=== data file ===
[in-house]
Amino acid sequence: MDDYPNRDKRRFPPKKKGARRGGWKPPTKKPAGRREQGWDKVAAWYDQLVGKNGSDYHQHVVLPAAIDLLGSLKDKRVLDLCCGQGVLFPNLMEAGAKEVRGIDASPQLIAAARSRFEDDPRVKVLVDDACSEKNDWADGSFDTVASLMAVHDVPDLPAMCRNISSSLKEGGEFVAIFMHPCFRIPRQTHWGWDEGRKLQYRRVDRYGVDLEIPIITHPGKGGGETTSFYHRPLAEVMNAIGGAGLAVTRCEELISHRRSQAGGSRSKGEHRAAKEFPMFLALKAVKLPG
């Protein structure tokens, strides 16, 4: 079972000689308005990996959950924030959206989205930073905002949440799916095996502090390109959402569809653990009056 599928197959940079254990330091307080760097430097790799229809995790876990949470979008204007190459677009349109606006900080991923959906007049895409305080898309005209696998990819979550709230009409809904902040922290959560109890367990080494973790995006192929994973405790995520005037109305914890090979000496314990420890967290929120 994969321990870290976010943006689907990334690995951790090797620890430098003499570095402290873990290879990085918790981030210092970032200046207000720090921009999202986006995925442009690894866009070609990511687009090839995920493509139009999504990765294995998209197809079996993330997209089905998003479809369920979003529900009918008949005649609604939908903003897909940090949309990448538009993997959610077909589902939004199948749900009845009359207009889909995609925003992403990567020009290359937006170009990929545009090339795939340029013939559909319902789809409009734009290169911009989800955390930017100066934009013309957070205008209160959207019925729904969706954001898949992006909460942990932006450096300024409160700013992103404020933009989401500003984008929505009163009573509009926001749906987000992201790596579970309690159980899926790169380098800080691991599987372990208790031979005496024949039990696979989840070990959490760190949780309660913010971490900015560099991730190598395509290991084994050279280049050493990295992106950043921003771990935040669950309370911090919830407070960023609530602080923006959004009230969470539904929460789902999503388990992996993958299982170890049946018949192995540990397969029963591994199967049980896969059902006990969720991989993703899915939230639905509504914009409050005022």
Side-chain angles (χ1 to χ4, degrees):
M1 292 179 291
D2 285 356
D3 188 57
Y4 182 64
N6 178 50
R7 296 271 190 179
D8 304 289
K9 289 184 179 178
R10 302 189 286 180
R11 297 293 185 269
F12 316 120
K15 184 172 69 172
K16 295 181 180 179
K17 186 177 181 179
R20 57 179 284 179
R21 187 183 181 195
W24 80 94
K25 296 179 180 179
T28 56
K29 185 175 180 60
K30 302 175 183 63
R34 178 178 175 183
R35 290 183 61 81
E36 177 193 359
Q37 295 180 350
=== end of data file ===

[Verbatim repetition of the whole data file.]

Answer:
[in-house]
Amino acid sequence: MDDYPNRDKRRFPPKKKGARRGGWKPPTKKPAGRREQGWDKVAAWYDQLVGKNGSDYHQHVVLPAAIDLLGSLKDKRVLDLCCGQGVLFPNLMEAGAKEVRGIDASPQLIAAARSRFEDDPRVKVLVDDACSEKNDWADGSFDTVASLMAVHDVPDLPAMCRNISSSLKEGGEFVAIFMHPCFRIPRQTHWGWDEGRKLQYRRVDRYGVDLEIPIITHPGKGGGETTSFYHRPLAEVMNAIGGAGLAVTRCEELISHRRSQAGGSRSKGEHRAAKEFPMFLALKAVKLPG
């Protein structure tokens, strides 16, 4: 079972000689308005990996959950924030959206989205930073905002949440799916095996502090390109959402569809653990009056 599928197959940079254990330091307080760097430097790799229809995790876990949470979008204007190459677009349109606006900080991923959906007049895409305080898309005209696998990819979550709230009409809904902040922290959560109890367990080494973790995006192929994973405790995520005037109305914890090979000496314990420890967290929120 994969321990870290976010943006689907990334690995951790090797620890430098003499570095402290873990290879990085918790981030210092970032200046207000720090921009999202986006995925442009690894866009070609990511687009090839995920493509139009999504990765294995998209197809079996993330997209089905998003479809369920979003529900009918008949005649609604939908903003897909940090949309990448538009993997959610077909589902939004199948749900009845009359207009889909995609925003992403990567020009290359937006170009990929545009090339795939340029013939559909319902789809409009734009290169911009989800955390930017100066934009013309957070205008209160959207019925729904969706954001898949992006909460942990932006450096300024409160700013992103404020933009989401500003984008929505009163009573509009926001749906987000992201790596579970309690159980899926790169380098800080691991599987372990208790031979005496024949039990696979989840070990959490760190949780309660913010971490900015560099991730190598395509290991084994050279280049050493990295992106950043921003771990935040669950309370911090919830407070960023609530602080923006959004009230969470539904929460789902999503388990992996993958299982170890049946018949192995540990397969029963591994199967049980896969059902006990969720991989993703899915939230639905509504914009409050005022």
Side-chain angles (χ1 to χ4, degrees):
M1 292 179 291
D2 285 356
D3 188 57
Y4 182 64
N6 178 50
R7 296 271 190 179
D8 304 289
K9 289 184 179 178
R10 302 189 286 180
R11 297 293 185 269
F12 316 120
K15 184 172 69 172
K16 295 181 180 179
K17 186 177 181 179
R20 57 179 284 179
R21 187 183 181 195
W24 80 94
K25 296 179 180 179
T28 56
K29 185 175 180 60
K30 302 175 183 63
R34 178 178 175 183
R35 290 183 61 81
E36 177 193 359
Q37 295 180 350